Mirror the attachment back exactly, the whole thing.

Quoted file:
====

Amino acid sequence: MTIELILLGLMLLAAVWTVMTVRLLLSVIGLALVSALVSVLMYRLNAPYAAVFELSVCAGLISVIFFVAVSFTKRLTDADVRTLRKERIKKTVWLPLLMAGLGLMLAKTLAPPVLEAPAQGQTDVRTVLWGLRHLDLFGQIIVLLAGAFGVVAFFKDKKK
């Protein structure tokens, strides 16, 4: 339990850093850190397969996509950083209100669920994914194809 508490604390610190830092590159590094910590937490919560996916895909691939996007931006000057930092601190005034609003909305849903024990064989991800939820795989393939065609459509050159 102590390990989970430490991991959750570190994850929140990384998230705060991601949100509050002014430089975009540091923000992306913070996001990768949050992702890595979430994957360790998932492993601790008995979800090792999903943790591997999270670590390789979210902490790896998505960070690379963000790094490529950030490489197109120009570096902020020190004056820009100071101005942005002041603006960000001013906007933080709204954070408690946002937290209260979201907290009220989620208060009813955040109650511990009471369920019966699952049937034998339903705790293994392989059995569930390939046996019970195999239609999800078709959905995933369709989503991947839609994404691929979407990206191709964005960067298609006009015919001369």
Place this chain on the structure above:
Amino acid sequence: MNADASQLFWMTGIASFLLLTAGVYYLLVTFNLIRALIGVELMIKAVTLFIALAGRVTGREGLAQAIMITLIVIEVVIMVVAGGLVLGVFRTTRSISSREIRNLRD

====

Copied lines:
Amino acid sequence: MTIELILLGLMLLAAVWTVMTVRLLLSVIGLALVSALVSVLMYRLNAPYAAVFELSVCAGLISVIFFVAVSFTKRLTDADVRTLRKERIKKTVWLPLLMAGLGLMLAKTLAPPVLEAPAQGQTDVRTVLWGLRHLDLFGQIIVLLAGAFGVVAFFKDKKK
């Protein structure tokens, strides 16, 4: 339990850093850190397969996509950083209100669920994914194809 508490604390610190830092590159590094910590937490919560996916895909691939996007931006000057930092601190005034609003909305849903024990064989991800939820795989393939065609459509050159 102590390990989970430490991991959750570190994850929140990384998230705060991601949100509050002014430089975009540091923000992306913070996001990768949050992702890595979430994957360790998932492993601790008995979800090792999903943790591997999270670590390789979210902490790896998505960070690379963000790094490529950030490489197109120009570096902020020190004056820009100071101005942005002041603006960000001013906007933080709204954070408690946002937290209260979201907290009220989620208060009813955040109650511990009471369920019966699952049937034998339903705790293994392989059995569930390939046996019970195999239609999800078709959905995933369709989503991947839609994404691929979407990206191709964005960067298609006009015919001369």
Place this chain on the structure above:
Amino acid sequence: MNADASQLFWMTGIASFLLLTAGVYYLLVTFNLIRALIGVELMIKAVTLFIALAGRVTGREGLAQAIMITLIVIEVVIMVVAGGLVLGVFRTTRSISSREIRNLRD